Re: Hardening salted paper and potassium dichromate

From: David & Jan Harris ^lt;[email protected]>
Date: 06/20/05-11:46:15 PM Z
Message-id: <001101c57624$8d55ae30$93bf6951@sotera>

Alternatively for a very low contrast process it is possible to develop an
extended colour density range palette which uses black inks.
----- Original Message -----
From: "Don Bryant" <>
To: <>
Sent: Tuesday, June 21, 2005 3:35 AM
Subject: RE: Hardening salted paper and potassium dichromate

> Fabiano,
> > > I don't harden the size for salted paper.
> >
> > thank you, this is a first answer.
> >
> > > In my experience, salted paper is the least contrasty of all
> > It
> > > handles incredibly hard negatives, too hard for any non-alternative
> > silver
> > > paper. It can find detail in the deepest shadows (through
> > > without losing the most subtle highlight.
> > > I would try to produce a negative that suits the range of salted
> > > instead of trying to make your sensitizer suit your negative.
> >
> > I agree: whit traditional negatives I do it, but with pdn is impossible
> > the contrast is too low, like in the case of salted paper.
> > I cite from the book because it explain better than i can do:
> > "If the test print of the Color Density Range Palette fails to yield any
> > square or swatch printing paper white, then the Exposure Scale of the
> > chemistry mix is too long for the Color Density Range Potential of the
> > printer's ink set or output device. Should this occur, the Exposure
> > of
> > the process should be reduced by using a slightly higher contrast mix.
> > Reprinting the Color Density Range Palette with this higher contrast mix
> > will
> > indicate if the change in contrast is enough to provide a few squares of
> > paper white with the printed Color Density Range Palette. If not,
> > the contrast mix a little more."
> > using no dichromate it does not work, and for this reason I increased
> > contrast. this work fine, and I'm happy with the result.
> > my questions are: have I to harden size for salted paper (you say not)
> > can y use hardener with paper coated with potassium dichromate?
> > thank you for your contribution
> > ciao
> > fabiano
> I will pass along to you some information that was posted on APUG.ORG that
> outlines a method for making digital negatives for processes that require
> high contrast negative such as Van Dyke Brown and perhaps salted paper.
> This method is used with Mark Nelson's PDN system and was created by a
> fellow by the name of David Harris. It has been tested by Sandy King and
> Wang and seems to work very well.
> The following list of steps was posted at
> Here are the instructions:
> 1. Set up a new layer above the green color fill layer.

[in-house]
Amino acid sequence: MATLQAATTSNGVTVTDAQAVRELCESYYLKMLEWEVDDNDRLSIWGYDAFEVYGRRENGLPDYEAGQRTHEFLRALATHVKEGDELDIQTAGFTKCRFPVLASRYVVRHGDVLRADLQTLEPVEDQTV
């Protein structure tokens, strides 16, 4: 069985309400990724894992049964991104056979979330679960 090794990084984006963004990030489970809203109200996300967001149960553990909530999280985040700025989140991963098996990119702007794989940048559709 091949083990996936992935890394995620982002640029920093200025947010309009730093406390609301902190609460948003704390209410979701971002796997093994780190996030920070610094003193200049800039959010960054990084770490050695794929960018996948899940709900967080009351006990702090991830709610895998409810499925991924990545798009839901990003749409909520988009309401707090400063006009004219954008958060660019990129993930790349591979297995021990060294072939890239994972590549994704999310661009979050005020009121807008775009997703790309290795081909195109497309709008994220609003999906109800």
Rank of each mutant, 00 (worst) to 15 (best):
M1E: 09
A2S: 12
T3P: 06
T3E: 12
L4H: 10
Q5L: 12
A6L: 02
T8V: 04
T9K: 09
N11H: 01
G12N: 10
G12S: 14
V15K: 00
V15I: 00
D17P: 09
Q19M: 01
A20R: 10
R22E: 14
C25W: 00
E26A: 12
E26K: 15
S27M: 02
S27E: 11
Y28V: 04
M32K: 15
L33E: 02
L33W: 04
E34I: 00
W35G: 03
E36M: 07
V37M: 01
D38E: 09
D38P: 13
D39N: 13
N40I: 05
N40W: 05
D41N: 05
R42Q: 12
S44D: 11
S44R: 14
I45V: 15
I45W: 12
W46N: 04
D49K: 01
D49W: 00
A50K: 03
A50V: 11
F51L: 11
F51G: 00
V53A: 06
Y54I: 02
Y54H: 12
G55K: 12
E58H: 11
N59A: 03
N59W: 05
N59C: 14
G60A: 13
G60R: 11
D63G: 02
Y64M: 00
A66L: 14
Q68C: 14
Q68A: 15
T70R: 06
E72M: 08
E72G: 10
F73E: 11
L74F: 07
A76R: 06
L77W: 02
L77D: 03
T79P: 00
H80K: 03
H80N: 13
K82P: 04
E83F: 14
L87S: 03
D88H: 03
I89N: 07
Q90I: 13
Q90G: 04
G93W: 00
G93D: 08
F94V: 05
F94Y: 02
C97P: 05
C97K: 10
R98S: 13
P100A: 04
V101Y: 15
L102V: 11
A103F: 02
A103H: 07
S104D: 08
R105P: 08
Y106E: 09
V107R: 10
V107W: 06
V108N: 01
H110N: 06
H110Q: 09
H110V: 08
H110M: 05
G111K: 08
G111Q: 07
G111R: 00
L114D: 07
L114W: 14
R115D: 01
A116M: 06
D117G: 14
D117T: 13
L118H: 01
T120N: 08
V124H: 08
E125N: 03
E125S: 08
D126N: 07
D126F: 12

> 2. Fill the new layer with black.
> 3. Set blend mode for new layer to multiply.
> 4. Choose blending options for the new layer and move the white sliders on
> the Blend if underlying layer scale, pressing the Alt key to separate the
> two white sliders. Move the sliders until about the darkest 20 squares or
> on the tonal palette are visibly darkened - I found this to be 50/175. I
> chose 20 squares so that the blend in would be very gradual.
> 5. Reduce the opacity of the new layer. You will need to do some tests
> your alt process to determine the correct opacity. I found 2% to be right
> for palladium toned POP - when printed it produces tone in the 100 square,
> but 101 is pure white (I prefer to have a pure white, others might prefer
> have some tone).
> Please note that these instructions were intended to be used when printing
> tonal palette which assumes that you have derived your Standard Printing
> Time. Instead of using this technique with Mark's Tonal Palette, in your
> case you probably want to start with the Color Density Range Palette so
> can determine your Standard Color Density. Of course once the Standard
> Density is determined you would use the black ink fill layer when printing
> the Tonal Palette to derive your Process Adjustment Curve Data.
> Using the black ink fill layer does make the process a bit more
> but it does work effectively. For Van Dyke Brown prints, I found through
> experimentation that the fill layer opacity needed to be set to 31%. Since
> salted paper requires even more contrast than VDB prints do you may want
> start with a 50% opacity setting for the fill layer.
> I hope this helps you build a better negative without resorting to adding
> dichromate to the sensitizer.
> Since I don't know which printer you are using your black fill opacity
> percentage may be much different from the values listed above. The figures
> that are given are for printers using Epson Ultrachrome inks.
> Please let us know if this method works for you.
> Best,
> Don Bryant
Received on Mon Jun 20 23:44:43 2005

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